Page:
Top of page
Skip to main content
Please note the student application will be down beginning 11/10 until 11/14 at 7:00 a.m. for system maintenance
Marc Vaughn stands arms crossed with a grin in the Makerspace at East Campus

Brain Puzzles to Arcade Games: Creativity Knows No Bounds at East Campus Makerspace

Marc Vaughn, 2021 Computer Science graduate, found creativity in tech at the East Campus Makerspace

By Kanika Samra, External Relations

Mark Vaughn, recent Pima graduate not only earned an Associate of Science degree majoring in Computer Science (CS) in Fall 2021 but explored his creativity while working at the East Campus Makerspace. Returning to college more than a decade after high school, he didn’t quite know what he wanted to pursue. But after working myriad jobs, each with its own tech environment, Marc knew two things – he had a fledgling interest in technology, and he was ready to skill-up. An advisor at Pima suggested enrolling in programming classes to explore his interest. That was then. As of Fall 2022, Marc has successfully transferred to the University of Arizona, Tucson to pursue a bachelor’s degree in CS.

The Lar-cade, created by Marc Vaughn
Marc Vaughn
Photo by Tanner Grammar, External Relations

When in 2018 he first enrolled in programming courses, they were challenging but in a good way. The problem-solving aspect kept him engaged. He says, “I had so much fun that semester, that I changed my degree and applied for a job as a tutor in computer science and tried to get as involved in technology as I could.” Before working at the Makerspace, Marc spent close to three years tutoring students in CS essentials such as Java and Python. Moving on to a role at the Makerspace in Fall 2021 was a natural extension of his interest in all things tech.

Student workers at the East Campus Makerspace work as facilitators who enable, “connection between our patrons and the equipment that we have in here”, said Marc. Nina Corson, Campus Vice President, East Campus expanded on the goal and purpose of the space. “There are really two components. It's a space that provides tools and technology for our faculty to integrate into their learning. And we keep it open for students to explore, create and innovate on their own.”

As an example, a psychology faculty teaching students about the human brain had their class come to the Makerspace to draw and then print out a puzzle of the brain using the wood and laser cutters. In such ways faculty can make tangible models to integrate into their lessons to better explain a concept.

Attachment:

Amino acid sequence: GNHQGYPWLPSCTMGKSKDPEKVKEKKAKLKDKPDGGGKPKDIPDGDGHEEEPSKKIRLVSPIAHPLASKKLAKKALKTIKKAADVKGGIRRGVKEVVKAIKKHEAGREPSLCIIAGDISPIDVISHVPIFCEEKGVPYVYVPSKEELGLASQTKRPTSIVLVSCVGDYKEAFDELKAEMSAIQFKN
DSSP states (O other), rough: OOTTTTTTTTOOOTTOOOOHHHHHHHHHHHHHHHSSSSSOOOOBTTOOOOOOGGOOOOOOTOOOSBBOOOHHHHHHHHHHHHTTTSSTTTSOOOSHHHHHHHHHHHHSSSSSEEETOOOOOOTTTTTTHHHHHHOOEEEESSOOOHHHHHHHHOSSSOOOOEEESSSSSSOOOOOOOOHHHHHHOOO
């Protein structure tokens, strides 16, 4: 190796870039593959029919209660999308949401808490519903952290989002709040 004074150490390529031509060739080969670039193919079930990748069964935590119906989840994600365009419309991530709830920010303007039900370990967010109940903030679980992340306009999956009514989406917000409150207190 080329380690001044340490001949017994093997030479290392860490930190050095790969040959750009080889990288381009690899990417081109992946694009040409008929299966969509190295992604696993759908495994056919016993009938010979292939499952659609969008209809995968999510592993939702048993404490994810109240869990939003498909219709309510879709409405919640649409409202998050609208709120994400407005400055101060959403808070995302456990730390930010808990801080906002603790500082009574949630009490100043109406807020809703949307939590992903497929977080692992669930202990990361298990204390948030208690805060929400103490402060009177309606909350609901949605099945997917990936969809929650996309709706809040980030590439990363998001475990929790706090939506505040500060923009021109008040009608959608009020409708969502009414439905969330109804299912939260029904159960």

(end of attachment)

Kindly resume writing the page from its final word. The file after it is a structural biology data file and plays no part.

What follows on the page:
The East Campus Makerspace came into being with the help of an HSI (Hispanic Serving Institution) grant. Since the end of that funding in 2021, the campus has collaborated with the library to keep the Makerspace going. Nina Corson says, “libraries are becoming much more than books and quiet reading spaces. And so, we've partnered with the library, and they are taking over direct oversight after the grant. We’ve ensured they have a healthy budget. It's really a partnership between the campus and the library.”

The Lar-cade, created by Marc Vaughn
"The Larcade", Created by Marc Vaughn

Marc credits his time at the makerspace for furthering his interest in CS and the creative potential of the field. As a facilitator/technician, he first taught himself how to use the wide array of tools available: 3D Printers and Pens, Laser Cutter, Soldering Stations, Vinyl Cutter, Raspberry Pis, JamBoard and more, before orienting and helping others. In his pursuit for continuous learning, he began a project using Raspberry Pi to make a tabletop gaming console in Winter 2021. Marc wanted to integrate varied Makerspace technologies into the project while challenging himself to successfully program a Raspberry Pi to load thousands of video games. True to his mission, he ended up using the laser cutter, vinyl cutter and 3D printers to custom build the tabletop console which he's christened "The Larcade". 

In spring 2022, Marc was felicitated as the East Campus Student Worker of the year.

From starting school at age 32 to finding a passion for technology, Marc says, Pima never made him feel like a “non-traditional” learner even though that is a common tag for older students.

His message to anyone contemplating a change is that “it really is never too late to change your life and, go down a different path. The education system is set up for success at multiple different levels. I mean, anybody can do it. That sounds super cliche and it is, but it's true.”

More Pima Stories

Back to main content Back to top